Readers like protest stories … when they agree

On the TV pundits’ shows, they’re omnipresent: crowds of hundreds, even thousands of protesters making their voices heard as they march on Washington D.C. And many readers have told me they felt The Kansas City Star has been dismissive of the picketers’ concerns.

One caller criticized the paper for not playing the protests more prominently. “Don’t tell me the paper isn’t trying to control the news,” she said.

Another said The Star “seriously underemphasized how huge this movement is, and how many regular people are just fed up and finally saying something in public for the first time in their lives.”

On the other side of the fence, other readers argued that this isn’t really news and that any coverage of the demonstrations is too much. One called them “pretty much completely media-driven,” while another said it was “silly street theater from know-nothings desperate for personal attention. Focus on Congress, not them.”

Yes, the “tea party” contingent has stirred up a lot of debate — but that’s not what I’m referring to. Instead, these are verbatim reader remarks from notes I took about The Star’s coverage of mass protests against the Iraq war in 2005.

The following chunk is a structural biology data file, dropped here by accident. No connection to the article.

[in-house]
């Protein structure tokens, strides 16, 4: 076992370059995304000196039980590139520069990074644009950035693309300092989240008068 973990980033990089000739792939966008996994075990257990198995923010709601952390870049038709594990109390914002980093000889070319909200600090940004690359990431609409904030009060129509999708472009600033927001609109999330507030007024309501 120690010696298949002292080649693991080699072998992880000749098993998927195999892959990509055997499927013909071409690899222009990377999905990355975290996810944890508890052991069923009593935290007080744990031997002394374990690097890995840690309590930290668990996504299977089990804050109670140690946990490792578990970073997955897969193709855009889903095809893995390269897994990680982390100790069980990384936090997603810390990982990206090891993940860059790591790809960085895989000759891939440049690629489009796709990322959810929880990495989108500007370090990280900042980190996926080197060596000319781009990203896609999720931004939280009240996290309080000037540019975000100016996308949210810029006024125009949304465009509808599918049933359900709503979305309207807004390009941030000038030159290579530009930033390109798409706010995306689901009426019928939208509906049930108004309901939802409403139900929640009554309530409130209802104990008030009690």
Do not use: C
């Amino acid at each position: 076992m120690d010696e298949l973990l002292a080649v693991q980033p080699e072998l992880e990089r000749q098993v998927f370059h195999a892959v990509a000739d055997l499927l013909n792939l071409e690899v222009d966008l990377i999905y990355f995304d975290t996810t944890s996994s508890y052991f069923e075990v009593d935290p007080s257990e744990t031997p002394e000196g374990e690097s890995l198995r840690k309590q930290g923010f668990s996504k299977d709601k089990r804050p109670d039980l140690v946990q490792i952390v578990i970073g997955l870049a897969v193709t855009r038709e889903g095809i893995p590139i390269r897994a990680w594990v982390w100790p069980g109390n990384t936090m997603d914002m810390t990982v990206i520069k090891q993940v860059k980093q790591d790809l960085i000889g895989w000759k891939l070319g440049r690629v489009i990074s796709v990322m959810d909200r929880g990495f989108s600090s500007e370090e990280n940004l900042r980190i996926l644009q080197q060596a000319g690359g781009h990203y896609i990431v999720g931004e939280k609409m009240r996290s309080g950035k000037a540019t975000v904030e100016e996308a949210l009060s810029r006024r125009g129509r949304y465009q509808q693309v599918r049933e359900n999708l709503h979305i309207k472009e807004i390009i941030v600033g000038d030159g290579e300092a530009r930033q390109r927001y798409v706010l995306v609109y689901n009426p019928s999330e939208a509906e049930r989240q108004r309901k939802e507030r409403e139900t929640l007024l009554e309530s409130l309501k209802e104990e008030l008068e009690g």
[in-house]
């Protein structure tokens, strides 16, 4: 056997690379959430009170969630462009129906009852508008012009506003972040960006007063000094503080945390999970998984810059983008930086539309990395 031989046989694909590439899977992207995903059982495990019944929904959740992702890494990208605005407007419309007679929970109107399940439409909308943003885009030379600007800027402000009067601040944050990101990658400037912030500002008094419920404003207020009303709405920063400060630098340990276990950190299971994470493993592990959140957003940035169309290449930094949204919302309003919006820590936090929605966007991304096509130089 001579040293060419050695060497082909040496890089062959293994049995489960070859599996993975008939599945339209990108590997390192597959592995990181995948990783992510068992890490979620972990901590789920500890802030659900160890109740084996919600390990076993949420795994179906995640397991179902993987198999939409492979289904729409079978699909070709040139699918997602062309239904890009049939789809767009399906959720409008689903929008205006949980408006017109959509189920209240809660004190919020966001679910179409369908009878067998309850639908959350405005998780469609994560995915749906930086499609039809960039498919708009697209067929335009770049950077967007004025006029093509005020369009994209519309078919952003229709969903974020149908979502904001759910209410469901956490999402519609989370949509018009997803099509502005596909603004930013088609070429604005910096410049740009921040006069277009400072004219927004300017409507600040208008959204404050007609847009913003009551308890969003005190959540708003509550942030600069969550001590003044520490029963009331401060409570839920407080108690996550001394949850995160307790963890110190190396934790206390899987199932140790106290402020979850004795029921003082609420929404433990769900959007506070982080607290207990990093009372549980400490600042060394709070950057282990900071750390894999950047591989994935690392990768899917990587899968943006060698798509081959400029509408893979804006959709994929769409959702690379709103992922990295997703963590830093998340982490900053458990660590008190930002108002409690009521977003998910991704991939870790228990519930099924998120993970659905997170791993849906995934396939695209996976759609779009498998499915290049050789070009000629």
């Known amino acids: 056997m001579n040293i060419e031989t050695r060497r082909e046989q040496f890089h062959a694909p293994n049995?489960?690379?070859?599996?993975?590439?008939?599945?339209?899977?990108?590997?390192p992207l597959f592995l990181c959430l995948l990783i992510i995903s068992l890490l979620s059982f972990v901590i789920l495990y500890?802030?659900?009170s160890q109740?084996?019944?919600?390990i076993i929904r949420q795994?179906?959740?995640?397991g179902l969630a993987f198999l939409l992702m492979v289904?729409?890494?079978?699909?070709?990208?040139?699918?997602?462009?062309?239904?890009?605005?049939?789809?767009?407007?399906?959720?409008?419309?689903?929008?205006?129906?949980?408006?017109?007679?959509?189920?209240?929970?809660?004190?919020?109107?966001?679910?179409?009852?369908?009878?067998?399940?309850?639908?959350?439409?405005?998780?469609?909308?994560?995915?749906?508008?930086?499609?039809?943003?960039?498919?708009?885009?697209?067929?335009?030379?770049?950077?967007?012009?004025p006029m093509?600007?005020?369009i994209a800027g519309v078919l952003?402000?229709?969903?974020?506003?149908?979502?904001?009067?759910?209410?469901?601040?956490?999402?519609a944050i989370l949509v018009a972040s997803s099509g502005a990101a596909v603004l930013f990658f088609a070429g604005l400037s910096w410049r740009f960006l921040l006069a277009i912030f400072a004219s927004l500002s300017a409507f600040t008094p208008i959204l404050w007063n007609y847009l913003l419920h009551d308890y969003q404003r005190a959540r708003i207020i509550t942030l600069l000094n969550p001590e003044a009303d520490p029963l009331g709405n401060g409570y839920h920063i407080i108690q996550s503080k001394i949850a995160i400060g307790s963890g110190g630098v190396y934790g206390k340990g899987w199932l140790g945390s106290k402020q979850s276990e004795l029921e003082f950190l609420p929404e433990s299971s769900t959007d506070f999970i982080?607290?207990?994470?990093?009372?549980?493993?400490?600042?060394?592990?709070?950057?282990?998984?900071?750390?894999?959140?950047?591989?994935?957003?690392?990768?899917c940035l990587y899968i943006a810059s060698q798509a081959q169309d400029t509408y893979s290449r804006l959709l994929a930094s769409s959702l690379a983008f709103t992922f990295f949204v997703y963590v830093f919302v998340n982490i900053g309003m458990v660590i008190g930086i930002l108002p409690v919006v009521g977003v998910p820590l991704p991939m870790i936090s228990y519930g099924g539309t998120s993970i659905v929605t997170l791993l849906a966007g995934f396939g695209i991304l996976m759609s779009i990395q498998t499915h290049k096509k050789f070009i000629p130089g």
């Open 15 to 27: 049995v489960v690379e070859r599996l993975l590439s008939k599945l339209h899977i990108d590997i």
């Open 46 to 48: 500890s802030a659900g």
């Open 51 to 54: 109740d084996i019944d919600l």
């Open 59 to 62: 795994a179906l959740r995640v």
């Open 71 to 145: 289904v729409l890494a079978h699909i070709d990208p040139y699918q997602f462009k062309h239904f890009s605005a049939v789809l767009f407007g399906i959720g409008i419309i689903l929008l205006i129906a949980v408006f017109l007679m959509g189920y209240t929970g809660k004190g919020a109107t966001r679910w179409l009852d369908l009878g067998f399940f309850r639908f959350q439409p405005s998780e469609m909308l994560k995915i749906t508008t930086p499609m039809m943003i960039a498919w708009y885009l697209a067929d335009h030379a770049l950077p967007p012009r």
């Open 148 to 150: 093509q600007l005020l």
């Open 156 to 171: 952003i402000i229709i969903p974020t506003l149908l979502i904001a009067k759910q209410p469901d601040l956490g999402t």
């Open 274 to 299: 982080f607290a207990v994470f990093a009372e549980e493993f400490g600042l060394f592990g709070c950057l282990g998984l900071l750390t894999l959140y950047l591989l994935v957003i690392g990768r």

And they all remind me of a constant theme I hear whenever the news turns to rallies: Supporters of the demonstrations want them front and center, with no mention of the fringe voices that always seem to crop up at protest gatherings of any significant size.

By contrast, opponents want the media to seize upon the most extreme and inflammatory rhetoric, even when it’s off-message, to draw attention to the mainstream movement’s inevitable (often unwelcome) fellow-travelers.

And that is why I don’t particularly think protests are really news in an organic sense. Some factors do tip the scales a bit, though. The huge scale of certain Iraq war protests, drawing tens of thousands of participants, made them newsworthy to me at the time. But they certainly sometimes had their own ugly side, attracting radical groups advocating violence and other methods the organizers would have surely considered anathema.

A caller last Friday objected to that day’s editorial, which suggested that tea partiers “clean house” of the extremists that many believe are becoming their most public face. “I guarantee if any of these nuts showed up at any of the tea parties I went to — I don’t want to say they’d get their butts kicked, but they’d have been escorted out of there, let’s say,” he told me. “The (protests) I’ve been to have had every race there, but there are going to be nuts in any group.”

I feel the heat ebb and flow over the years as I speak to readers about political topics — and the temperature is certainly hot these days. My advice to left, right and center: When you lead with reason, not emotion, you represent your opinions in the best light.

This column was originally published in the Kansas City Star on March 27, 2010.

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